An additional benefit of the present invention is use of a single low-cost motor and a cable-driven, centerless-drive tracker to drive multiple rows of collectors. A pivot point is provided at each end of the collector. The drive ring is usually located in the middle of the collector and is supported by a pair of dolly wheels. The rotation axis is formed by the ring center and the pivot points on each end of the collector. Each parabolic reflector and receiver tube assembly is thus supported at multiple points in addition to pivot points at both ends of the collector. This allows use of inexpensive, low-strength material due to the resultant low wind and tracking stresses applied to the reflectors. One major cost factor in movable solar collectors is attributed to the strength which must be imparted to each collector. The prior art of collector systems has been based on pivoting collectors about a single axis. This concentrates the wind and gravity loads on the axis. In contrast, the centerless-drive approach distributes the loads to the drive ring and dolly wheels as well as to the pivots on each end to the collector. This allows the wind and gravity loads to be more easily resisted with inexpensive, low-strength materials. The dolly wheels allow the drive ring to rotate 360 degrees while supporting the load of the collector. This also allows the collectors to face the ground during inclement weather. Pivot points could be replaced by additional driven or non-driven rings supported by dolly wheels, thus further increasing the number of support points.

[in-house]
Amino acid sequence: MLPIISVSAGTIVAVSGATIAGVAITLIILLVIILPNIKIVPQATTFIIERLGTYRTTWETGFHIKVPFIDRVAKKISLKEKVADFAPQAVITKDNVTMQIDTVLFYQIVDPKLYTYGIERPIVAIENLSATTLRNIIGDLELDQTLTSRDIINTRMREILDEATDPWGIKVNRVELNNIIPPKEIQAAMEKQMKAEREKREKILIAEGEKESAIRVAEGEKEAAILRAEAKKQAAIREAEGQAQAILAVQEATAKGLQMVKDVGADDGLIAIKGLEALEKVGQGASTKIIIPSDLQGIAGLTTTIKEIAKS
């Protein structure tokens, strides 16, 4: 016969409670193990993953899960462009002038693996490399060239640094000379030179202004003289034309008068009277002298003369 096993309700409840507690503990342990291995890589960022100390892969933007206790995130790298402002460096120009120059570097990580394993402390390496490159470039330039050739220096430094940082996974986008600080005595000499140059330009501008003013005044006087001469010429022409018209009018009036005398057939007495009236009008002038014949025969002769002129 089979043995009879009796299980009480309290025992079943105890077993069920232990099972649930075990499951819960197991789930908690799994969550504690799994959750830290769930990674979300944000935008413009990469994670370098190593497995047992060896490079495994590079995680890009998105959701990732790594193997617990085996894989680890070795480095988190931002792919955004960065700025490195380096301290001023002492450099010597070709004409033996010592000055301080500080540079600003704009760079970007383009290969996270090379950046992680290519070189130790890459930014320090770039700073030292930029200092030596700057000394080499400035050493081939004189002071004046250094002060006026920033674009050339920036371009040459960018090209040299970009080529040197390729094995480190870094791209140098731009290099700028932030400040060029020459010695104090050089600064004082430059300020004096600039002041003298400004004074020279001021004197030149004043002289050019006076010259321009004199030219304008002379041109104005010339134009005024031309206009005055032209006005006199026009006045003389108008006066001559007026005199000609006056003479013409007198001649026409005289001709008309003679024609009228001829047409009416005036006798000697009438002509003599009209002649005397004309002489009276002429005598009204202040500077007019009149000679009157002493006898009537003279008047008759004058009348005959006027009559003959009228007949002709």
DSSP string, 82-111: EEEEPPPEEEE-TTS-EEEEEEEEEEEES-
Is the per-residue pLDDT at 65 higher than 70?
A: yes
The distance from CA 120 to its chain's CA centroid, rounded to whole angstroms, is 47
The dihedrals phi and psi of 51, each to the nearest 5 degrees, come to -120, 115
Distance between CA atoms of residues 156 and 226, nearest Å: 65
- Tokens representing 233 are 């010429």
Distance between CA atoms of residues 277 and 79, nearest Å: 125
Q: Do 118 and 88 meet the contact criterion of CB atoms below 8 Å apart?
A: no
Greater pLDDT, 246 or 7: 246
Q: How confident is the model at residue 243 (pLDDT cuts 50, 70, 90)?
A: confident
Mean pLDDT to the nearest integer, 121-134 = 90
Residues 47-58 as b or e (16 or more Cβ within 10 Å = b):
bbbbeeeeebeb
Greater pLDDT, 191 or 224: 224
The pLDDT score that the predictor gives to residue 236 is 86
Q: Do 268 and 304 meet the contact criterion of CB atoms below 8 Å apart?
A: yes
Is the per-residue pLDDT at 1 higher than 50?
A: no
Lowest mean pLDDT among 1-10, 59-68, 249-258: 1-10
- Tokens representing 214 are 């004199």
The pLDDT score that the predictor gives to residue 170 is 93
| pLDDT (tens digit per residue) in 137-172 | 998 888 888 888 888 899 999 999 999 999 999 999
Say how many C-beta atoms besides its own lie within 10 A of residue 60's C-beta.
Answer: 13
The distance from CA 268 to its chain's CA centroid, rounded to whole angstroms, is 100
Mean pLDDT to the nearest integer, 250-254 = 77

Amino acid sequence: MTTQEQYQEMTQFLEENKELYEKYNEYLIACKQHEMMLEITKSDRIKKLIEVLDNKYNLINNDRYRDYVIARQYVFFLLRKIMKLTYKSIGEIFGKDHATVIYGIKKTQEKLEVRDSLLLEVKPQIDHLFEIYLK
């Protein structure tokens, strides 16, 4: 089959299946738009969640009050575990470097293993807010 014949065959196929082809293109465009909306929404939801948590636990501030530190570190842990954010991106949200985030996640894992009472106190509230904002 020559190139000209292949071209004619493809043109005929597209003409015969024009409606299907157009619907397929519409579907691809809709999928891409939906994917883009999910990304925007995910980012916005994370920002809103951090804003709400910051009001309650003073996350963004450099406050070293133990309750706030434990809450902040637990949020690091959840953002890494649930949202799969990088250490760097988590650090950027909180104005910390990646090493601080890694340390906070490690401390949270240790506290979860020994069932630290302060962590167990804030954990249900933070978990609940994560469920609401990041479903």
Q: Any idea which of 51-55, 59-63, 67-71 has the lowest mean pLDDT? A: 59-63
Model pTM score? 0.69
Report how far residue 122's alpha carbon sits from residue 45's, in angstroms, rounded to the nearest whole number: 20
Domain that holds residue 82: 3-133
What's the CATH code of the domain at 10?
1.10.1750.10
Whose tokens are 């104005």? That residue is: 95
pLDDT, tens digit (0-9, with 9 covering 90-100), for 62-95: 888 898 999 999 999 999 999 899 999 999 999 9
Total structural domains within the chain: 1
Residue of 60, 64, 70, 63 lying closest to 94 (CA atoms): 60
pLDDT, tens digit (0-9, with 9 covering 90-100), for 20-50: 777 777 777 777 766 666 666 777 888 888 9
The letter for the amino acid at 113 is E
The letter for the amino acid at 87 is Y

An array of low-strength plywood parabolic troughs can be constructed from laminated wood veneers and surfaced with countertop "Melamine" or "Formica" type high-pressure laminates. The smooth, waterproof, high-pressure laminate protects the wooden core and provides a smooth surface for attaching the reflector material. Other low-strength parabolic troughs made of fiberglass, sheet metal, particle board, chipboard, or sheet plastics could also be used. Alternate laminated cross-sectional shapes could also be used.
A novel sun tracker, based on light-activated, silicon-controlled rectifiers (LASCR), is also disclosed. A pair of LASCRs placed in a shadow-band configuration provide the on/off electrical signals to the drive motor to track the sun. Reverse biasing of the LASCRs allows the light level needed for electrical switching to be adjusted. Thus, balancing of the LASCRs is possible and allows accurate sensing of the position of the sun.
Additional objects, advantages, and novel features of the invention will be set forth in part in the description which follows and in part will become apparent to those skilled in the art upon examination of the following or may be learned by practice of the invention. The objects and advantages of the invention may be realized and attained by means of the instrumentalities and combinations particularly pointed out in the appended claims.
FIG. 1 is a perspective view of the entire array showing the collectors and tracking system of the invention.
FIG. 2 is an end view of the drive system, showing the drive motor and drive rings.